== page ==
Published Online: January 15, 1997

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In Boston, New Admissions Policy Stresses Scores

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The Boston school board has approved a new admissions policy for the city's three prestigious exam schools that combines an emphasis on test scores with efforts to reflect the district's racial makeup.

With its 6-0 vote on Dec. 18, the board approved the recommendations of a task force that had sought a replacement for the previous system of racial quotas. Under that policy, 35 percent of the spots at the elite high schools were reserved for minorities. ("Judge Declines To Rule on Quotas in Boston," Nov. 27, 1996.)

Beginning with the 1997-98 freshman class, half the seats in the schools will be awarded to students with the highest composite scores, based on grade-point averages and entrance-exam scores. The remaining half will be filled through a system that considers composite scores in rank order and is based on the proportion of racial and ethnic groups left in the pool of applicants.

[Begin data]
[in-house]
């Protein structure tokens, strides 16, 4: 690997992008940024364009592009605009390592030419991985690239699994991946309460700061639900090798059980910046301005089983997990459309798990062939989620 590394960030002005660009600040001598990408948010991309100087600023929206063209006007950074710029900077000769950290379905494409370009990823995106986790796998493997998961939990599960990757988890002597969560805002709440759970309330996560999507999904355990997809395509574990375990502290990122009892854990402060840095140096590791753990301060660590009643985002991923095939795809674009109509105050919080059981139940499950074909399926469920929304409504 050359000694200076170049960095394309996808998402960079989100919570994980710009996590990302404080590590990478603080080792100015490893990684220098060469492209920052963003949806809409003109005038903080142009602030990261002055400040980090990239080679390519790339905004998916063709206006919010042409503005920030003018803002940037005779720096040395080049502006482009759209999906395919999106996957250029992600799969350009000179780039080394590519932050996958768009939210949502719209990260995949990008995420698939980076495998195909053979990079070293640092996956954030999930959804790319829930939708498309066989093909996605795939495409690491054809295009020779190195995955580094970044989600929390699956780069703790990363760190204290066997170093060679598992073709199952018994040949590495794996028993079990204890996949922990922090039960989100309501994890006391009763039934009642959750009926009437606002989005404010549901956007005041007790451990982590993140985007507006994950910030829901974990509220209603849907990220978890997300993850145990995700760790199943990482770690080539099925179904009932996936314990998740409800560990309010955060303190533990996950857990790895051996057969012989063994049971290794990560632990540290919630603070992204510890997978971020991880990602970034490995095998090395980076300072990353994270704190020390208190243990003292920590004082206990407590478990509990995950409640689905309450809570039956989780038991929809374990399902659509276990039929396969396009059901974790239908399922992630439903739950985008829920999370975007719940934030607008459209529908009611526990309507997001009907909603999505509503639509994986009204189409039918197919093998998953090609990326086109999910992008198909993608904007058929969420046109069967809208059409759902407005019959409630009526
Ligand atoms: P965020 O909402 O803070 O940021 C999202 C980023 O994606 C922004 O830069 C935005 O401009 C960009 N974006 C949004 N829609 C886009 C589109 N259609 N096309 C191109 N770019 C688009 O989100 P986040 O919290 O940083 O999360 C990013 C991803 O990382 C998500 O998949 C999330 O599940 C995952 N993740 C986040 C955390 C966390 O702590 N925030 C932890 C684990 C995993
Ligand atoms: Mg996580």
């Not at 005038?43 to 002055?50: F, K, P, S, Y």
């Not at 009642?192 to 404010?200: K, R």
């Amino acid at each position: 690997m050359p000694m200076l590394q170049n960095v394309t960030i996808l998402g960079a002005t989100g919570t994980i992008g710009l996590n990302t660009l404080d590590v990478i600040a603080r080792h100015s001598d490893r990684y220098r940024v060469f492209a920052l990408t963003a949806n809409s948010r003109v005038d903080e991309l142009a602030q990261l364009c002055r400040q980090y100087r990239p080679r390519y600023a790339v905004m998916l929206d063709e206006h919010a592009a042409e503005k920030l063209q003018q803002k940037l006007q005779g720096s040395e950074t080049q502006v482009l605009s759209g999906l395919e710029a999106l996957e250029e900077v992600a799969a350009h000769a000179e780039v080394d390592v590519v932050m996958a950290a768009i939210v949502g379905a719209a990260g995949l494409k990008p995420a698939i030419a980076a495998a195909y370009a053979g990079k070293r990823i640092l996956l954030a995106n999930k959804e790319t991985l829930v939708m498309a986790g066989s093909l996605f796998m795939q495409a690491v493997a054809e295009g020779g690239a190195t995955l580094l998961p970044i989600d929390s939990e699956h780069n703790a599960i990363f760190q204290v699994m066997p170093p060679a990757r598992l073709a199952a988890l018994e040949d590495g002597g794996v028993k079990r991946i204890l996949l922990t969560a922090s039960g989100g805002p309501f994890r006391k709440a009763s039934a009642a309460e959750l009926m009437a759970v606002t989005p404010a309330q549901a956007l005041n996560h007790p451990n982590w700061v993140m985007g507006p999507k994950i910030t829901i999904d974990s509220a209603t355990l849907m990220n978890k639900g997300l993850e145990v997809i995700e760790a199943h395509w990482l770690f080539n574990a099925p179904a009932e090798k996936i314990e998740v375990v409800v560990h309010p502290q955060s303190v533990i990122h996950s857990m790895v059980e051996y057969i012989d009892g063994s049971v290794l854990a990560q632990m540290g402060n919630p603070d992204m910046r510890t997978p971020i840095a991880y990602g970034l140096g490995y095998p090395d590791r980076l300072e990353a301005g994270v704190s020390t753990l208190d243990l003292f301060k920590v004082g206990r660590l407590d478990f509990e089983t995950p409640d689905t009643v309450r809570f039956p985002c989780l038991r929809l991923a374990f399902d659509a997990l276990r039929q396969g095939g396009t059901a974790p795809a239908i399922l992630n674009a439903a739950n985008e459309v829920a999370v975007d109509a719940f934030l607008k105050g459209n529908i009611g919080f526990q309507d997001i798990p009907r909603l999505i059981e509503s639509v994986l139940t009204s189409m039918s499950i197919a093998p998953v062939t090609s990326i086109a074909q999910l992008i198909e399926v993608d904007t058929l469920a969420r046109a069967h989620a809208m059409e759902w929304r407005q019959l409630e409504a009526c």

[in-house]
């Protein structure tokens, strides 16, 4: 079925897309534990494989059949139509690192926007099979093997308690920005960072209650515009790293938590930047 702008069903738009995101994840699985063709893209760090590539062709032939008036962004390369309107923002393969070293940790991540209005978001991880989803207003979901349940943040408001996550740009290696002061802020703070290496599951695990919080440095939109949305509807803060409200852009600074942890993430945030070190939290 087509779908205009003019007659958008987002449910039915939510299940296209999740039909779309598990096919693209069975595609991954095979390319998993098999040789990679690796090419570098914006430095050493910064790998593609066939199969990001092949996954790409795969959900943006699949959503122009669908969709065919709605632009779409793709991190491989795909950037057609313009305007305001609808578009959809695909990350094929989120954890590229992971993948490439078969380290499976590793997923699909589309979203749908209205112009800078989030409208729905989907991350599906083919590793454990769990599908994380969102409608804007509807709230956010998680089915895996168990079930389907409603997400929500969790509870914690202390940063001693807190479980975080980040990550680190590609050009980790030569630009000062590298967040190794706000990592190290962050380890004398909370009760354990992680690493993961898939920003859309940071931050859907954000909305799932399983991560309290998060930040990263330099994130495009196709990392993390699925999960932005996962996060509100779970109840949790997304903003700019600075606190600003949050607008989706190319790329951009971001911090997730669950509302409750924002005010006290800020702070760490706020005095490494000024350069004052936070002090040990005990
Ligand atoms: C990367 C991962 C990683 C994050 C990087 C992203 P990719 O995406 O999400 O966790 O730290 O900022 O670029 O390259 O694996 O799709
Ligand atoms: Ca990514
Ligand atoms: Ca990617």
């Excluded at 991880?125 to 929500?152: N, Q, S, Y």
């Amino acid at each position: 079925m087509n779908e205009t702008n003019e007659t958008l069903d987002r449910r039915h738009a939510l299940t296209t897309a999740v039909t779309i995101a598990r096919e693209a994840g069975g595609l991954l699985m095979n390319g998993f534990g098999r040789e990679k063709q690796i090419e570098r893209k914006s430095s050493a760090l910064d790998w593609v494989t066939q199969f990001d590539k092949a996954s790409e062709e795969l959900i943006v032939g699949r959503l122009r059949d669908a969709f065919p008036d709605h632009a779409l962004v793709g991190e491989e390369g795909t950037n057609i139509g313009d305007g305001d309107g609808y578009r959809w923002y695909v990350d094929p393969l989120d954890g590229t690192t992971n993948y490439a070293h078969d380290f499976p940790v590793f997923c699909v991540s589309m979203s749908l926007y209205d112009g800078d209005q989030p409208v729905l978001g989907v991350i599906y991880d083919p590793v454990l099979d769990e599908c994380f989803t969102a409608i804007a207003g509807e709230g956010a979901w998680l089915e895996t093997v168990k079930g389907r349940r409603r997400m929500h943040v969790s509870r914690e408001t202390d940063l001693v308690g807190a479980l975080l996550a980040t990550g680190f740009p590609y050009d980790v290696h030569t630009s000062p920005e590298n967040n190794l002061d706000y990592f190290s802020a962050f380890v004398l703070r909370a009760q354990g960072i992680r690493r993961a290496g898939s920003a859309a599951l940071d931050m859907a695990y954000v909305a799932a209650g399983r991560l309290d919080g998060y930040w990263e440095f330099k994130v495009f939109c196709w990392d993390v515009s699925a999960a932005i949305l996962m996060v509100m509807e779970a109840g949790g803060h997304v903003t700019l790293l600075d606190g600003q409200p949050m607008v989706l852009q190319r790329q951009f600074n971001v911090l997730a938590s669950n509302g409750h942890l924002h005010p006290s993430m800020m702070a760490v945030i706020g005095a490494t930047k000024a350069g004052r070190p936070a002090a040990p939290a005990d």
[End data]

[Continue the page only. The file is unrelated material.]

"It's really a policy for a transition phase," said Elizabeth Reilinger, the vice chairwoman of the school board, who also co-chaired the task force that developed the rules. "We need to be at a point where all our schools are excellent."

Suit Sought Change

A 1995 lawsuit filed by the father of Julia McLaughlin, a white student, prompted the revisions.

The complaint argued that the 13-year-old girl was denied admission to the well-known Boston Latin School because of the quota system, even though she had earned higher scores than the black and Hispanic students who were admitted.

U.S. District Judge W. Arthur Garrity, however, dismissed the case in November because the district had already agreed to design a new policy. He also said the case was moot because of an earlier ruling that allowed the student to enroll in the school.

Thomas W. Payzant, the superintendent of the 63,000-student district, has also recommended that 300 students who also posted scores high enough to enter the exam schools be invited to enroll this fall. The board is expected to vote on Mr. Payzant's recommendation this week.

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